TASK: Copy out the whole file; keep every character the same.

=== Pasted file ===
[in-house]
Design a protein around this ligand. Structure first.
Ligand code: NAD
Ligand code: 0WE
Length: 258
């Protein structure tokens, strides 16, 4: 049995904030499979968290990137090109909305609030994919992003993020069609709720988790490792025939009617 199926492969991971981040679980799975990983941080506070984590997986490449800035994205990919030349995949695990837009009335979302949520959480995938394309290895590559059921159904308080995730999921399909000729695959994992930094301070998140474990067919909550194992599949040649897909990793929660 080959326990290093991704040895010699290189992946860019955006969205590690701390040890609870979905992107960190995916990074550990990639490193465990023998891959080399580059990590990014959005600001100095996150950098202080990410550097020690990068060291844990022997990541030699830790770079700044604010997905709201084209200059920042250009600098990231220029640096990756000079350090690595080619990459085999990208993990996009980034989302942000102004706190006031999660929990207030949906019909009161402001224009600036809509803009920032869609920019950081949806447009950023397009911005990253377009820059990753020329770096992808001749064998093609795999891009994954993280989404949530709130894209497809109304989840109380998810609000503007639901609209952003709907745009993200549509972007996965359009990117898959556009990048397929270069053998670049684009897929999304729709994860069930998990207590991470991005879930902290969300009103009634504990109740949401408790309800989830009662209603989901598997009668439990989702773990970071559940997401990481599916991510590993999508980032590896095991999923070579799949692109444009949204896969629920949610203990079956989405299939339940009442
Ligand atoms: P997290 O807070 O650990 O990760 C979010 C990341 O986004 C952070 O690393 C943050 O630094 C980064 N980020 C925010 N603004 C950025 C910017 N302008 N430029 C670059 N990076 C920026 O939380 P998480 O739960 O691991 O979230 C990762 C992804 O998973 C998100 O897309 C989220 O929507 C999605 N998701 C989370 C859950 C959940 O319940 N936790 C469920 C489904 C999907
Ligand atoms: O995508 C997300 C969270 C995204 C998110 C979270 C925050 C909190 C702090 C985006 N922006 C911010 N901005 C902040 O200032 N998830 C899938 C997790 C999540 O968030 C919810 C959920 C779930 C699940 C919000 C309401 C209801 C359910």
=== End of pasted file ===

[in-house]
Design a protein around this ligand. Structure first.
Ligand code: NAD
Ligand code: 0WE
Length: 258
């Protein structure tokens, strides 16, 4: 049995904030499979968290990137090109909305609030994919992003993020069609709720988790490792025939009617 199926492969991971981040679980799975990983941080506070984590997986490449800035994205990919030349995949695990837009009335979302949520959480995938394309290895590559059921159904308080995730999921399909000729695959994992930094301070998140474990067919909550194992599949040649897909990793929660 080959326990290093991704040895010699290189992946860019955006969205590690701390040890609870979905992107960190995916990074550990990639490193465990023998891959080399580059990590990014959005600001100095996150950098202080990410550097020690990068060291844990022997990541030699830790770079700044604010997905709201084209200059920042250009600098990231220029640096990756000079350090690595080619990459085999990208993990996009980034989302942000102004706190006031999660929990207030949906019909009161402001224009600036809509803009920032869609920019950081949806447009950023397009911005990253377009820059990753020329770096992808001749064998093609795999891009994954993280989404949530709130894209497809109304989840109380998810609000503007639901609209952003709907745009993200549509972007996965359009990117898959556009990048397929270069053998670049684009897929999304729709994860069930998990207590991470991005879930902290969300009103009634504990109740949401408790309800989830009662209603989901598997009668439990989702773990970071559940997401990481599916991510590993999508980032590896095991999923070579799949692109444009949204896969629920949610203990079956989405299939339940009442
Ligand atoms: P997290 O807070 O650990 O990760 C979010 C990341 O986004 C952070 O690393 C943050 O630094 C980064 N980020 C925010 N603004 C950025 C910017 N302008 N430029 C670059 N990076 C920026 O939380 P998480 O739960 O691991 O979230 C990762 C992804 O998973 C998100 O897309 C989220 O929507 C999605 N998701 C989370 C859950 C959940 O319940 N936790 C469920 C489904 C999907
Ligand atoms: O995508 C997300 C969270 C995204 C998110 C979270 C925050 C909190 C702090 C985006 N922006 C911010 N901005 C902040 O200032 N998830 C899938 C997790 C999540 O968030 C919810 C959920 C779930 C699940 C919000 C309401 C209801 C359910």